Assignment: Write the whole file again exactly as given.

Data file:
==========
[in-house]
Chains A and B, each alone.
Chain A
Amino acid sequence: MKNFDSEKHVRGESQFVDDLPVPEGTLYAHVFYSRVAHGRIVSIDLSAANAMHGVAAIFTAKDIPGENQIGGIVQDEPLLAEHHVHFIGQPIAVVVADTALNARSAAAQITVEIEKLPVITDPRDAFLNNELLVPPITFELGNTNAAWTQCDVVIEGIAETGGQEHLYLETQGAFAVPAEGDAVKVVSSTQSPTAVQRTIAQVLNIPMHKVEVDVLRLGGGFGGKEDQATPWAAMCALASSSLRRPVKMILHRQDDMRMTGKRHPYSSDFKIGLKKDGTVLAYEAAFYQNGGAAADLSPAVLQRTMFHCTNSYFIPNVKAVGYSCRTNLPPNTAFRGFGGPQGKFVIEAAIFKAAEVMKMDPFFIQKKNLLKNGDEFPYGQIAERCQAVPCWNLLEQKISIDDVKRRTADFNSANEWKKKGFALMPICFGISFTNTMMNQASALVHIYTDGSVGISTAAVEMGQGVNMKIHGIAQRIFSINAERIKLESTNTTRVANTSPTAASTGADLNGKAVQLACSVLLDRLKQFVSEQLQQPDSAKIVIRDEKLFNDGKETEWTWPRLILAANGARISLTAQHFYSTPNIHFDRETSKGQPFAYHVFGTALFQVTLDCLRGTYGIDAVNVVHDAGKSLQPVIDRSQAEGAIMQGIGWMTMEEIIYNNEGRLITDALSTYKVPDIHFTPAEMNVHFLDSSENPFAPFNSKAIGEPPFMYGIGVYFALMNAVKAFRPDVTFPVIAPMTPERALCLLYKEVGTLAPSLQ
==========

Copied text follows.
[in-house]
Chains A and B, each alone.
Chain A
Amino acid sequence: MKNFDSEKHVRGESQFVDDLPVPEGTLYAHVFYSRVAHGRIVSIDLSAANAMHGVAAIFTAKDIPGENQIGGIVQDEPLLAEHHVHFIGQPIAVVVADTALNARSAAAQITVEIEKLPVITDPRDAFLNNELLVPPITFELGNTNAAWTQCDVVIEGIAETGGQEHLYLETQGAFAVPAEGDAVKVVSSTQSPTAVQRTIAQVLNIPMHKVEVDVLRLGGGFGGKEDQATPWAAMCALASSSLRRPVKMILHRQDDMRMTGKRHPYSSDFKIGLKKDGTVLAYEAAFYQNGGAAADLSPAVLQRTMFHCTNSYFIPNVKAVGYSCRTNLPPNTAFRGFGGPQGKFVIEAAIFKAAEVMKMDPFFIQKKNLLKNGDEFPYGQIAERCQAVPCWNLLEQKISIDDVKRRTADFNSANEWKKKGFALMPICFGISFTNTMMNQASALVHIYTDGSVGISTAAVEMGQGVNMKIHGIAQRIFSINAERIKLESTNTTRVANTSPTAASTGADLNGKAVQLACSVLLDRLKQFVSEQLQQPDSAKIVIRDEKLFNDGKETEWTWPRLILAANGARISLTAQHFYSTPNIHFDRETSKGQPFAYHVFGTALFQVTLDCLRGTYGIDAVNVVHDAGKSLQPVIDRSQAEGAIMQGIGWMTMEEIIYNNEGRLITDALSTYKVPDIHFTPAEMNVHFLDSSENPFAPFNSKAIGEPPFMYGIGVYFALMNAVKAFRPDVTFPVIAPMTPERALCLLYKEVGTLAPSLQ